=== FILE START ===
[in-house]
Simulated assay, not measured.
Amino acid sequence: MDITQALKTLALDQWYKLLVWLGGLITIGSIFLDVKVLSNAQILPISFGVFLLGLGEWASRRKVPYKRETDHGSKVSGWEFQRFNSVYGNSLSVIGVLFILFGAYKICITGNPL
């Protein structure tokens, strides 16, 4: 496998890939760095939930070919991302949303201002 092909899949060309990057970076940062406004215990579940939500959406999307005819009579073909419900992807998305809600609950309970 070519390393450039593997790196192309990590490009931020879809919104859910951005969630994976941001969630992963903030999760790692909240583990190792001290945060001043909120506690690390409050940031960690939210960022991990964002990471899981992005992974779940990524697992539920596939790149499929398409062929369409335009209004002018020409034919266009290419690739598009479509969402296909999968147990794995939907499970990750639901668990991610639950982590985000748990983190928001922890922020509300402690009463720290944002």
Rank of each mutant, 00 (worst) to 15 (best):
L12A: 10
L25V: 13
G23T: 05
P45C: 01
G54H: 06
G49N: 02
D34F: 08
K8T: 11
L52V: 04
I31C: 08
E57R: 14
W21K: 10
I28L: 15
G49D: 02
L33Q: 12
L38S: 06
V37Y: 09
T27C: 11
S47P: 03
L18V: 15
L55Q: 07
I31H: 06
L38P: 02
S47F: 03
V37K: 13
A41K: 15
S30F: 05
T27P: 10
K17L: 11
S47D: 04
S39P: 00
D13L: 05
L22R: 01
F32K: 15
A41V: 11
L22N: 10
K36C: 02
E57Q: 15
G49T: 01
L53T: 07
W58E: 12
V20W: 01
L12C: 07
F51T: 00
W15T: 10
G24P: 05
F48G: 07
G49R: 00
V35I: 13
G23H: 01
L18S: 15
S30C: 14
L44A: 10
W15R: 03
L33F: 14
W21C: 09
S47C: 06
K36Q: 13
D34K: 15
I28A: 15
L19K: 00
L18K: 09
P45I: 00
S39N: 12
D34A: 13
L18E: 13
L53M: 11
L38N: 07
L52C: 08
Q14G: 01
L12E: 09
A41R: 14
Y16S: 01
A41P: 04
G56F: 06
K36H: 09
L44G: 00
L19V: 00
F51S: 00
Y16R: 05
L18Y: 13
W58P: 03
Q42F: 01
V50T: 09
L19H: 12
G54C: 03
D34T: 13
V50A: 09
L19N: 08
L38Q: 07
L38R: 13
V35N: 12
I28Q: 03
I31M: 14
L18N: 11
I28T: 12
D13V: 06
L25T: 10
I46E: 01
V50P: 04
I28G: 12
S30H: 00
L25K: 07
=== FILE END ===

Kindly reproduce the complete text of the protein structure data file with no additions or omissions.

[in-house]
Simulated assay, not measured.
Amino acid sequence: MDITQALKTLALDQWYKLLVWLGGLITIGSIFLDVKVLSNAQILPISFGVFLLGLGEWASRRKVPYKRETDHGSKVSGWEFQRFNSVYGNSLSVIGVLFILFGAYKICITGNPL
């Protein structure tokens, strides 16, 4: 496998890939760095939930070919991302949303201002 092909899949060309990057970076940062406004215990579940939500959406999307005819009579073909419900992807998305809600609950309970 070519390393450039593997790196192309990590490009931020879809919104859910951005969630994976941001969630992963903030999760790692909240583990190792001290945060001043909120506690690390409050940031960690939210960022991990964002990471899981992005992974779940990524697992539920596939790149499929398409062929369409335009209004002018020409034919266009290419690739598009479509969402296909999968147990794995939907499970990750639901668990991610639950982590985000748990983190928001922890922020509300402690009463720290944002």
Rank of each mutant, 00 (worst) to 15 (best):
L12A: 10
L25V: 13
G23T: 05
P45C: 01
G54H: 06
G49N: 02
D34F: 08
K8T: 11
L52V: 04
I31C: 08
E57R: 14
W21K: 10
I28L: 15
G49D: 02
L33Q: 12
L38S: 06
V37Y: 09
T27C: 11
S47P: 03
L18V: 15
L55Q: 07
I31H: 06
L38P: 02
S47F: 03
V37K: 13
A41K: 15
S30F: 05
T27P: 10
K17L: 11
S47D: 04
S39P: 00
D13L: 05
L22R: 01
F32K: 15
A41V: 11
L22N: 10
K36C: 02
E57Q: 15
G49T: 01
L53T: 07
W58E: 12
V20W: 01
L12C: 07
F51T: 00
W15T: 10
G24P: 05
F48G: 07
G49R: 00
V35I: 13
G23H: 01
L18S: 15
S30C: 14
L44A: 10
W15R: 03
L33F: 14
W21C: 09
S47C: 06
K36Q: 13
D34K: 15
I28A: 15
L19K: 00
L18K: 09
P45I: 00
S39N: 12
D34A: 13
L18E: 13
L53M: 11
L38N: 07
L52C: 08
Q14G: 01
L12E: 09
A41R: 14
Y16S: 01
A41P: 04
G56F: 06
K36H: 09
L44G: 00
L19V: 00
F51S: 00
Y16R: 05
L18Y: 13
W58P: 03
Q42F: 01
V50T: 09
L19H: 12
G54C: 03
D34T: 13
V50A: 09
L19N: 08
L38Q: 07
L38R: 13
V35N: 12
I28Q: 03
I31M: 14
L18N: 11
I28T: 12
D13V: 06
L25T: 10
I46E: 01
V50P: 04
I28G: 12
S30H: 00
L25K: 07